In 2015 SNH commissioned a report to assess the nature and use of corvid cage traps in Scotland. The field work, finished earlier this year, was carried out by Science and Advice for Scottish Agriculture (SASA) and the Game and Wildlife Conservation Trust (GWCT). The project was overseen by a steering group of representatives from RSPB, BASC, SNH and Scottish Government.
My main concern was on how the field workers would view the use of Larsen mate traps, often referred to as clam traps, and pod traps. The clam trap is a wire mesh trap that, when set, rather resembles an open clam. The victim is lured inside and the cage springs shut. The pod tap is a square or rectangular wire mesh structure with a gate at either end. The victim is lured in and both gates shut simultaneously.
Having seen these traps in use, plus almost all other designs involved in the trapping of corvids, most are used legally. Unfortunately they have the capability of being used illegally by those who might wish to catch birds of prey. My concern about the clam trap was that a large bird such as a buzzard is likely to be caught with its wings up in the air and sticking out of the top of the trap. A mammal such as a fox or badger might also be caught round the neck if it reached in for the bait. Since the attention of the Scottish Government and SNH was drawn to the illegal use of clam traps they have been restricted to being used with baits of eggs or bread only. The general licence also states that the trap must be securely pegged down so that it cannot be removed either by an animal caught in it or a predator. It also stipulates a maximum size of the trap and that the trap must not shut tightly along the majority of the length of the meeting edges. Stops could be used to good effect in preventing complete closure and the consequent trapping of wings or head.
In relation to the catching of raptors as by-catch during the trial the vast majority were buzzards. Observations found that buzzards were only caught in traps with meat baits and/or decoys. This applied not just to the clam trap but to all of the traps tested. An occasional tawny owl was caught in a trap with eggs or bread, and a sparrowhawk was caught in a trap with a carrion crow as decoy. In this case the raptor, which takes primarily live birds, may have entered to try to catch the crow. It may be that the owls were trying to catch mice at the bread bait.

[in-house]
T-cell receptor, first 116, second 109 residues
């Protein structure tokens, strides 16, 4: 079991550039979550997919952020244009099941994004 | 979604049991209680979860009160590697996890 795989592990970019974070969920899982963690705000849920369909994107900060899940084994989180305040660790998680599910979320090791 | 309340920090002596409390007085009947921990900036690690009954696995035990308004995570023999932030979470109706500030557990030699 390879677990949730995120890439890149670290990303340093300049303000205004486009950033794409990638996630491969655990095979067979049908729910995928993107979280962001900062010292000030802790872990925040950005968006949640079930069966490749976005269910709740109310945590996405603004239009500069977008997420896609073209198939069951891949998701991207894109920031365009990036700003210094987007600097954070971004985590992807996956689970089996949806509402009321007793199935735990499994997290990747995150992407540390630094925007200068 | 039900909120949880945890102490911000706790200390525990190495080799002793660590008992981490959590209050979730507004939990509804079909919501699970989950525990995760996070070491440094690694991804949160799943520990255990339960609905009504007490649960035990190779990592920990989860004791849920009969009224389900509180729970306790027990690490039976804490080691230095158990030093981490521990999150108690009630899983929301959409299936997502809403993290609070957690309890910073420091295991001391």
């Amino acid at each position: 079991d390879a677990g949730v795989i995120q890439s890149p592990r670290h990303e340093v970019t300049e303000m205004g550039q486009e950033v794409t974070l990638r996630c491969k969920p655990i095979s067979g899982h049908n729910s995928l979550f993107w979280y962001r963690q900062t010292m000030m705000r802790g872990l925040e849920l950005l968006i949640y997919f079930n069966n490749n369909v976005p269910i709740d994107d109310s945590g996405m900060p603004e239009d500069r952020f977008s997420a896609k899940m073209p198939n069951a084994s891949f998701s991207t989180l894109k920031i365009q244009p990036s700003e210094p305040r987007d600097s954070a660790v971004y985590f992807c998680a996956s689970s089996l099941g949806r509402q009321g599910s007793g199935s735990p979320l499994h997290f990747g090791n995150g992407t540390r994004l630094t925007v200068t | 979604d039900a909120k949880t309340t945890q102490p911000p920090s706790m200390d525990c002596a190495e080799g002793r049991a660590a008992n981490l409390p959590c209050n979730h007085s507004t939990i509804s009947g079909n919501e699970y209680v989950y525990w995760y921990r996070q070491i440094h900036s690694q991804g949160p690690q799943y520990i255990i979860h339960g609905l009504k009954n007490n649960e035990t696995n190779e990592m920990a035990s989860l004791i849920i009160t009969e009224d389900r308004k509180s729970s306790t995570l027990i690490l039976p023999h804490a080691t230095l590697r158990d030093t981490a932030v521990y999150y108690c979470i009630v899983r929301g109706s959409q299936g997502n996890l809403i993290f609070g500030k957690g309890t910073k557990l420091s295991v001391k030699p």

While I don’t think for a minute that there will be a cessation of the use of all of the varieties of corvid traps for criminal purposes I am more satisfied now that these traps, including the clam trap, can be used relatively humanely by operators that are intending to stay within the law.
For the 2017 general licence the use of meat bait in Larsen mate (clam) and pod traps will be permitted provided that those intending to do so register their intent in advance and provide SNH with a return of non-target captures. I must say I have my doubts that true returns will be made since evidence of heavy non-target catches are likely to result in the return to bread or eggs bait only but it is a good start.
In addition, during 2017, in conjunction with Police Scotland and Scottish Government, a code of practice for corvid trapping is to be developed. Also under consideration during 2017 is a discussion with Police Scotland on a revision of the trap registration system. I would hope that SNH may take ownership of the system and, as in snaring registration, ensure that the register shows the operator of the trap rather than the owner.
None of this will prevent abuse or misuse of corvid traps by those determined to do so. An increase in time allowed for police to investigate trapping offences (or better still an increase in full-time wildlife crime officers) plus more use of the current power of SNH to suspend the use of a general licence would not go amiss.
The report can be found at http://www.snh.gov.uk/publications-data-and-research/publications/search-the-catalogue/publication-detail/?id=2437